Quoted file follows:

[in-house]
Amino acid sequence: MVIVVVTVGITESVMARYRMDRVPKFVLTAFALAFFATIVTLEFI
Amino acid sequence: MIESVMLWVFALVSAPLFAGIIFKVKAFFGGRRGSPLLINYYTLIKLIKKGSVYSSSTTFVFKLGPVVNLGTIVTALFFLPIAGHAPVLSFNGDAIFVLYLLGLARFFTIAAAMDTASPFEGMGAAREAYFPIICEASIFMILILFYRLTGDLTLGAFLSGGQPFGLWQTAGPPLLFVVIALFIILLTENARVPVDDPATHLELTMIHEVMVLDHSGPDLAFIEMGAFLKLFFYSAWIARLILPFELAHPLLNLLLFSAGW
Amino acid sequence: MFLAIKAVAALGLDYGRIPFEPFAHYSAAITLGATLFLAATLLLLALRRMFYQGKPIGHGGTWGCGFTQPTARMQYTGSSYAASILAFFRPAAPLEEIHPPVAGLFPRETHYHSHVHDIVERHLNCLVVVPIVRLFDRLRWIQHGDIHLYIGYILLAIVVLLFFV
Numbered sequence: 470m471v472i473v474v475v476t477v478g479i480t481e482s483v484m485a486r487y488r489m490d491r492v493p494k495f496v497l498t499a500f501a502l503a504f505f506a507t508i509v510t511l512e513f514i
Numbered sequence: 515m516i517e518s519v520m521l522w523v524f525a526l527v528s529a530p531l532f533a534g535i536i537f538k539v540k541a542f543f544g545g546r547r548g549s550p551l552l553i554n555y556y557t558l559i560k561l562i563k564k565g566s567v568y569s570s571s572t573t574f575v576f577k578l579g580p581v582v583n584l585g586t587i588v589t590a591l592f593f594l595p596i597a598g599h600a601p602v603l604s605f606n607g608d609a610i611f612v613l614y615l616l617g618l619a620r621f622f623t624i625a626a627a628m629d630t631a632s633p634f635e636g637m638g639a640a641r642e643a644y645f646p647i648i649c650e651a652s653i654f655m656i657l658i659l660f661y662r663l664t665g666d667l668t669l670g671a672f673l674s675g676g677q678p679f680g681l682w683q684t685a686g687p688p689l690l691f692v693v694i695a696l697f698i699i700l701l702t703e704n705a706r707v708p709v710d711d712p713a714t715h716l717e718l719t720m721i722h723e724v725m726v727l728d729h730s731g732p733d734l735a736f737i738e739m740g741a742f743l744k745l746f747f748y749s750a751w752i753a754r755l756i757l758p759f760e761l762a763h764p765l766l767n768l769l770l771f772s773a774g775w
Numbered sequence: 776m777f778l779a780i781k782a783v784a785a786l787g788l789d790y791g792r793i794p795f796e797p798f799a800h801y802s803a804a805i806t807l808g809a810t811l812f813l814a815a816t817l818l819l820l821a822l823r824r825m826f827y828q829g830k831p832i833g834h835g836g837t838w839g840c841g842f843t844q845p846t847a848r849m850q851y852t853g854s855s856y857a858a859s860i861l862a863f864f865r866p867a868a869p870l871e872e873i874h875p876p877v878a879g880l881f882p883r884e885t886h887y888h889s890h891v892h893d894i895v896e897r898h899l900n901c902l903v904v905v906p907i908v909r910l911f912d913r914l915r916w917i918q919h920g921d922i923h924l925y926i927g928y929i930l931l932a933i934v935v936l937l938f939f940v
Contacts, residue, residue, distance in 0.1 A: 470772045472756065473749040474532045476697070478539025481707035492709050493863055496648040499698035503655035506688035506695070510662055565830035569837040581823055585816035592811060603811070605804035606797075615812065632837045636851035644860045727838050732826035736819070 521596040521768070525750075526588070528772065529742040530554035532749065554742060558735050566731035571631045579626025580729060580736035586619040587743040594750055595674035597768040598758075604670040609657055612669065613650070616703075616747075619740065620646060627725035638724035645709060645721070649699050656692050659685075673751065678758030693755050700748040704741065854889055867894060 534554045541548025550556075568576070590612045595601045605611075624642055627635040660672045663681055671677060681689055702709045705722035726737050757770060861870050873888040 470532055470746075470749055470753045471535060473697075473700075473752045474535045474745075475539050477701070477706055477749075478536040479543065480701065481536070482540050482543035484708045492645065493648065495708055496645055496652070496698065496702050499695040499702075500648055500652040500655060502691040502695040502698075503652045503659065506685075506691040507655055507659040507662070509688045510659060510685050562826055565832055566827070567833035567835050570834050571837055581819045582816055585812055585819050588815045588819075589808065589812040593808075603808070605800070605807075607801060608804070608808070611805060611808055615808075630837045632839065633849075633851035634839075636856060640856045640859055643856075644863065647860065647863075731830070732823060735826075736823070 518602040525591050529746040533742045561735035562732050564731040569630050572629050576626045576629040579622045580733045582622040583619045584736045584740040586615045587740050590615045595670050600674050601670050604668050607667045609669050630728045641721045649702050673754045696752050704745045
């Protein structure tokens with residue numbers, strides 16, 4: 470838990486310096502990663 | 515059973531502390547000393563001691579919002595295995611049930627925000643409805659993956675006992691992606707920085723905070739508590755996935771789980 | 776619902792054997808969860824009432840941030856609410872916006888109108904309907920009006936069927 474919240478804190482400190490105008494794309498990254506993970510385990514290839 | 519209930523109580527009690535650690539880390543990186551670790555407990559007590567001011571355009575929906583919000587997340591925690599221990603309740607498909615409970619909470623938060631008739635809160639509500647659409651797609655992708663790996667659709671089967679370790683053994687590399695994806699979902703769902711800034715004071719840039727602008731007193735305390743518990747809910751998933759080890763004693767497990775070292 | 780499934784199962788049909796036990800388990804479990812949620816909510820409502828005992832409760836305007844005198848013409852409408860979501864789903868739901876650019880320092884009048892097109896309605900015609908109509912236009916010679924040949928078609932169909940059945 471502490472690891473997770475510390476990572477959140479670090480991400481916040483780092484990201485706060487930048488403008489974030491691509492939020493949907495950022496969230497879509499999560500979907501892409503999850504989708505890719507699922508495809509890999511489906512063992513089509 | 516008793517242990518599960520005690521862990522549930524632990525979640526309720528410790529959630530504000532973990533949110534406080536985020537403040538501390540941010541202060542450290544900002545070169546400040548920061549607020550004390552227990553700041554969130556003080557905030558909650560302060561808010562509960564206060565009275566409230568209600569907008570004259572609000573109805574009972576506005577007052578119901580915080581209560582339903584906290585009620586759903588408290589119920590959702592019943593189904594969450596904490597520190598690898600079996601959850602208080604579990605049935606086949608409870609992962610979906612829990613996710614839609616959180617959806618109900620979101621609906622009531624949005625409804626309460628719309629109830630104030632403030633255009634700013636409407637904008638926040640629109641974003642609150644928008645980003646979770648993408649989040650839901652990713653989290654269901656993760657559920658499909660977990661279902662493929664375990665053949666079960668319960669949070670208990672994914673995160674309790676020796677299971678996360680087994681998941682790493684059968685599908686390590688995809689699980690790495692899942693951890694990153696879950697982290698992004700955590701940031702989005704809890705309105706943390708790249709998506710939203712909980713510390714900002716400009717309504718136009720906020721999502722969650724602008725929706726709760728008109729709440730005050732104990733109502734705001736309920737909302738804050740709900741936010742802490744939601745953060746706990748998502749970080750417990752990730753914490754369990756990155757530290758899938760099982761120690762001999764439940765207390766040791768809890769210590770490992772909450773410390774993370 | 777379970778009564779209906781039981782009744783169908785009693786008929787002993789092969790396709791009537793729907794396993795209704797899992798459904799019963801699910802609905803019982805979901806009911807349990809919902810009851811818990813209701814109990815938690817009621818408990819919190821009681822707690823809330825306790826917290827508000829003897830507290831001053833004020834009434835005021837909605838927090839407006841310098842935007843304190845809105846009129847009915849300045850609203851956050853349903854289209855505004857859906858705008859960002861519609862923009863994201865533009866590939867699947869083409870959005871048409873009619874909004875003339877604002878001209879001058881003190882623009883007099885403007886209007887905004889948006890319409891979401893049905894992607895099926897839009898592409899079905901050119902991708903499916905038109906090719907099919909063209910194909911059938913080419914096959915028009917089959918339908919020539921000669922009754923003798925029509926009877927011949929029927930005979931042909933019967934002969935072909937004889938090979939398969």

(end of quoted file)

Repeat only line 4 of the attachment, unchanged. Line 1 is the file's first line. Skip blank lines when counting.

Amino acid sequence: MFLAIKAVAALGLDYGRIPFEPFAHYSAAITLGATLFLAATLLLLALRRMFYQGKPIGHGGTWGCGFTQPTARMQYTGSSYAASILAFFRPAAPLEEIHPPVAGLFPRETHYHSHVHDIVERHLNCLVVVPIVRLFDRLRWIQHGDIHLYIGYILLAIVVLLFFV